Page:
The “repressed pain” that stems from ambiguity and misinterpretation experienced during communications with significant friends and spouses is the herd of elephants in the room of human civilization from ancient times to today.

To compensate for our terribly poor understanding of each other (much of it deriving from inevitable and completely unavoidable ambiguities in communication), we are forced to adopt stock roles, to have unfounded beliefs about our “selves” and others, to make unsatisfying vows, to adhere to public semiotic standards that cannot possibly reflect or embody our authentic beings.

To correct this problem, we have to learn how to communicate with far more detail and far more accuracy than is normally possible in any culture in existence today. If you could communicate with minimal ambiguity (orders of magnitude better than now) and with great clarity with the people you love, would you not want to do that?

The “dark pains and pleasures” described by Hanson are a significant part of being human. But the corrosive and very harmful dark pain that comes from the bad communication of semiotic babies (us) is even worse.

Most people misunderstand everything

Why?

Because language is necessarily often ambiguous.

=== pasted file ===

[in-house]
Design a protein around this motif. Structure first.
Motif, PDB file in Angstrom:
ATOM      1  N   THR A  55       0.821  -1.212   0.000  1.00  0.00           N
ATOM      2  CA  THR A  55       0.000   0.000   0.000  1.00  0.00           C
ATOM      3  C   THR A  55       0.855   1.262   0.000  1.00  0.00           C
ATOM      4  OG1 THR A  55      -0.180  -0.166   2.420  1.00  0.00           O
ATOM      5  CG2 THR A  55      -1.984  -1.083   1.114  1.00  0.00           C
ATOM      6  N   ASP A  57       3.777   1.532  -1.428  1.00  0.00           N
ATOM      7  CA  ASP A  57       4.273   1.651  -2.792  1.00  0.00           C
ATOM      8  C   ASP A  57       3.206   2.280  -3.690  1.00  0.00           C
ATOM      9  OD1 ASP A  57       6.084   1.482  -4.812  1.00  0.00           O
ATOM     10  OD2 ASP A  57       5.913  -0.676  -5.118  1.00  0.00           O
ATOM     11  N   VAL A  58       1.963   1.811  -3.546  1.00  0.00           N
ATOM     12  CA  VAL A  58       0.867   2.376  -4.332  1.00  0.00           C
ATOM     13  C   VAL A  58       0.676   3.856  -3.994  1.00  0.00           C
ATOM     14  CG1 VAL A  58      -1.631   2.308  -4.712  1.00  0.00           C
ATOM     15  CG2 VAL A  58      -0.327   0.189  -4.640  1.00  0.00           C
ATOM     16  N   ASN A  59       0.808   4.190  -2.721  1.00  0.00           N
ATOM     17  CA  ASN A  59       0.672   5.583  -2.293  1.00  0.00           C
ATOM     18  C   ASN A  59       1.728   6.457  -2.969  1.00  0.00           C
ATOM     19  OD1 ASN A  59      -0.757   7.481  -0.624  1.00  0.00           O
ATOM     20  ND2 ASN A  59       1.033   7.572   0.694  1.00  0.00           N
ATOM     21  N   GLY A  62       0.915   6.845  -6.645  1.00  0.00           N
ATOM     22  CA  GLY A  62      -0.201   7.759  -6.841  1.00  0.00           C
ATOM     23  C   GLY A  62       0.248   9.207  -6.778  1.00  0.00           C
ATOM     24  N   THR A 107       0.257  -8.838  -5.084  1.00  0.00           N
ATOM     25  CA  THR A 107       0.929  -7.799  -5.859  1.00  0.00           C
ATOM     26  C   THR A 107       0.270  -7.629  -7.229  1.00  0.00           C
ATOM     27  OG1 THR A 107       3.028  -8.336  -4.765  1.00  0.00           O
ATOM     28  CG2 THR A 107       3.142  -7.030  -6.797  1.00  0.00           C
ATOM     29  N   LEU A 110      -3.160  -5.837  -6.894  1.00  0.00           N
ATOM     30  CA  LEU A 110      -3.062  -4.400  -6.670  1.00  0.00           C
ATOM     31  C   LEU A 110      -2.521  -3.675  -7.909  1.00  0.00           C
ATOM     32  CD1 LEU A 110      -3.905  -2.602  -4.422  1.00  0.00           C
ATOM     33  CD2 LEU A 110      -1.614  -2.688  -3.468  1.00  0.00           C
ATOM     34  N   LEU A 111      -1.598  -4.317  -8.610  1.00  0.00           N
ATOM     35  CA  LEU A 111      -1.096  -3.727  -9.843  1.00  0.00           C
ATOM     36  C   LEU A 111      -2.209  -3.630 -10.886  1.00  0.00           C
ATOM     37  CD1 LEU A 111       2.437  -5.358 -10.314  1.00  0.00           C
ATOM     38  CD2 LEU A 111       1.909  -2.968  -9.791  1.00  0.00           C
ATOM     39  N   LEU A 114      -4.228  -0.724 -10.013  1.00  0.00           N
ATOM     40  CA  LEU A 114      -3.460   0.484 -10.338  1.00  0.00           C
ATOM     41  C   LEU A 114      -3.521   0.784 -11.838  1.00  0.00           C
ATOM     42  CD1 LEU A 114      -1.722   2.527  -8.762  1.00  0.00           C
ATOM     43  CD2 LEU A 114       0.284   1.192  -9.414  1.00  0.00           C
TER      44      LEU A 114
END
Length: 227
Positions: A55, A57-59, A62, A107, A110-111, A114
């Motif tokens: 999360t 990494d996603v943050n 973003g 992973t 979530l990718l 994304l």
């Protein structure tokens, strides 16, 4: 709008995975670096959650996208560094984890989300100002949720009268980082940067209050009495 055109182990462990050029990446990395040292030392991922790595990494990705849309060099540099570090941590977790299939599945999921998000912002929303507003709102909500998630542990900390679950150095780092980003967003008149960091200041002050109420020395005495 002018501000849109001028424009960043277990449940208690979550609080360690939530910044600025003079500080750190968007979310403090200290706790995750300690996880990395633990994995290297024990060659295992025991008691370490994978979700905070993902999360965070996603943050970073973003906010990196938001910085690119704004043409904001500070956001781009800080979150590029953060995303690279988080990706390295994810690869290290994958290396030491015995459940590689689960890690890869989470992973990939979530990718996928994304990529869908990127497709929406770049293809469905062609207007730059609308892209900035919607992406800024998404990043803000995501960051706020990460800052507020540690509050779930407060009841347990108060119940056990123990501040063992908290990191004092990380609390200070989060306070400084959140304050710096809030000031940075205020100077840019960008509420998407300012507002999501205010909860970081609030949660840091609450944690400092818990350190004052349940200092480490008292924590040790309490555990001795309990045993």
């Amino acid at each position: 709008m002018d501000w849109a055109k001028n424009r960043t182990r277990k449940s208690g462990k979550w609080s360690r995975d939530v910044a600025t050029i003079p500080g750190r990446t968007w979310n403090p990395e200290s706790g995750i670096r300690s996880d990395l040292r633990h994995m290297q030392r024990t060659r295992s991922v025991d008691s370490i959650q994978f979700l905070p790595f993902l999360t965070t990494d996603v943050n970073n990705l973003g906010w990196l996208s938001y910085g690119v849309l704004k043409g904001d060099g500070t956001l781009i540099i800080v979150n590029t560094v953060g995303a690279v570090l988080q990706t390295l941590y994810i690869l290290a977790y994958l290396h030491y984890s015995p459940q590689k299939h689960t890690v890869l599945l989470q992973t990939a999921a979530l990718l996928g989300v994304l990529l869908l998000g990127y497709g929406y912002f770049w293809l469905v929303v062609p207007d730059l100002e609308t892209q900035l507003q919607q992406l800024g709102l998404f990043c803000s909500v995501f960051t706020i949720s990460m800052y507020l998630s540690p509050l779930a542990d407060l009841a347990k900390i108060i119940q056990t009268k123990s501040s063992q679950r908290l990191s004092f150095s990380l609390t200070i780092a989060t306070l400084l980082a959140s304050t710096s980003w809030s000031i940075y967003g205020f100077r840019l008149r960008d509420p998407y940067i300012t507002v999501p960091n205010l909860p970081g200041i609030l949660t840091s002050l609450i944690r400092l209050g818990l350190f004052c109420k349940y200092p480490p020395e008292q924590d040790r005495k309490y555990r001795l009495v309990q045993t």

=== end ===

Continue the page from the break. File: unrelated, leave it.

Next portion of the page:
So?

The ambiguities are rarely fixed.

So?

Unfixed ambiguities lead to errors in interpretation. The errors accumulate and snowball. All people have been raised in environments like that and continue to live in them.

This causes pain because our minds are capable of communicating unambiguously, but we don’t know how.

We are semiotic animals, beings that live in semiotic jungles.

Our pain and error-ridden communication makes us mean, simple, greedy, stupid, violent, selfish, crazy.

Communication errors, misinterpretations, cause ghosts to form in the mind. We need to imagine a role for ourselves and others, but since we experience so many errors, our imaginings are fundamentally wrong. They are like ghosts in our minds.

We are as ghosts speaking and listening to each other.